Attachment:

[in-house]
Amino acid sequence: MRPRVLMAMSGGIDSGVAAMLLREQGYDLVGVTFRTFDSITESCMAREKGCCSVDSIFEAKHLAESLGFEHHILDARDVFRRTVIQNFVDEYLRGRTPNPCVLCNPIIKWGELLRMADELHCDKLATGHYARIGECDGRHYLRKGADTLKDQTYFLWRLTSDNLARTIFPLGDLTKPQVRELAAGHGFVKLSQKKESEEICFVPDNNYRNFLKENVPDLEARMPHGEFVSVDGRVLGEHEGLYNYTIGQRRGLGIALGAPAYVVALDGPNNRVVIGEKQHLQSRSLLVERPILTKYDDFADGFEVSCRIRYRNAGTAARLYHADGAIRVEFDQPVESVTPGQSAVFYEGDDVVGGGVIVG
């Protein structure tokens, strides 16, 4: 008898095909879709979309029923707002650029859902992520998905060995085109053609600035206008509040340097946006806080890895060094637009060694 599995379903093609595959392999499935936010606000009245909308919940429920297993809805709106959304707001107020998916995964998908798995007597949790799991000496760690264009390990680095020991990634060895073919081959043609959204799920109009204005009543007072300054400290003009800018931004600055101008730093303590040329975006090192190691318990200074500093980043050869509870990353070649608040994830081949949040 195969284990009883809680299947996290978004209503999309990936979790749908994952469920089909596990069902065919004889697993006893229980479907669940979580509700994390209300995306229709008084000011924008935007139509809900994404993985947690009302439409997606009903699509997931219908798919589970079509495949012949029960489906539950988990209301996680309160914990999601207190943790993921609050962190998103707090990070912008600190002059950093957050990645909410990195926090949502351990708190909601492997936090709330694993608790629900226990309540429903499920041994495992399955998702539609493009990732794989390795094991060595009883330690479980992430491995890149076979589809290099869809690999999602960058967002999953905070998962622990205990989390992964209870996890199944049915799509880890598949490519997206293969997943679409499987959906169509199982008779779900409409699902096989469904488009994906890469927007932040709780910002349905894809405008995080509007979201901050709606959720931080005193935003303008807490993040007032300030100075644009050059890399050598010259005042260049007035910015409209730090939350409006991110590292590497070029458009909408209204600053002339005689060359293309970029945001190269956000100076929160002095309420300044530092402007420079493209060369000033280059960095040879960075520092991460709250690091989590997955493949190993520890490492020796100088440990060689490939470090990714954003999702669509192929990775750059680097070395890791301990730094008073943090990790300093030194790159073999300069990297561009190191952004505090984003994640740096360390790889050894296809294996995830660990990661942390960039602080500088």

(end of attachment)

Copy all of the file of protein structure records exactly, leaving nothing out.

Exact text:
[in-house]
Amino acid sequence: MRPRVLMAMSGGIDSGVAAMLLREQGYDLVGVTFRTFDSITESCMAREKGCCSVDSIFEAKHLAESLGFEHHILDARDVFRRTVIQNFVDEYLRGRTPNPCVLCNPIIKWGELLRMADELHCDKLATGHYARIGECDGRHYLRKGADTLKDQTYFLWRLTSDNLARTIFPLGDLTKPQVRELAAGHGFVKLSQKKESEEICFVPDNNYRNFLKENVPDLEARMPHGEFVSVDGRVLGEHEGLYNYTIGQRRGLGIALGAPAYVVALDGPNNRVVIGEKQHLQSRSLLVERPILTKYDDFADGFEVSCRIRYRNAGTAARLYHADGAIRVEFDQPVESVTPGQSAVFYEGDDVVGGGVIVG
């Protein structure tokens, strides 16, 4: 008898095909879709979309029923707002650029859902992520998905060995085109053609600035206008509040340097946006806080890895060094637009060694 599995379903093609595959392999499935936010606000009245909308919940429920297993809805709106959304707001107020998916995964998908798995007597949790799991000496760690264009390990680095020991990634060895073919081959043609959204799920109009204005009543007072300054400290003009800018931004600055101008730093303590040329975006090192190691318990200074500093980043050869509870990353070649608040994830081949949040 195969284990009883809680299947996290978004209503999309990936979790749908994952469920089909596990069902065919004889697993006893229980479907669940979580509700994390209300995306229709008084000011924008935007139509809900994404993985947690009302439409997606009903699509997931219908798919589970079509495949012949029960489906539950988990209301996680309160914990999601207190943790993921609050962190998103707090990070912008600190002059950093957050990645909410990195926090949502351990708190909601492997936090709330694993608790629900226990309540429903499920041994495992399955998702539609493009990732794989390795094991060595009883330690479980992430491995890149076979589809290099869809690999999602960058967002999953905070998962622990205990989390992964209870996890199944049915799509880890598949490519997206293969997943679409499987959906169509199982008779779900409409699902096989469904488009994906890469927007932040709780910002349905894809405008995080509007979201901050709606959720931080005193935003303008807490993040007032300030100075644009050059890399050598010259005042260049007035910015409209730090939350409006991110590292590497070029458009909408209204600053002339005689060359293309970029945001190269956000100076929160002095309420300044530092402007420079493209060369000033280059960095040879960075520092991460709250690091989590997955493949190993520890490492020796100088440990060689490939470090990714954003999702669509192929990775750059680097070395890791301990730094008073943090990790300093030194790159073999300069990297561009190191952004505090984003994640740096360390790889050894296809294996995830660990990661942390960039602080500088």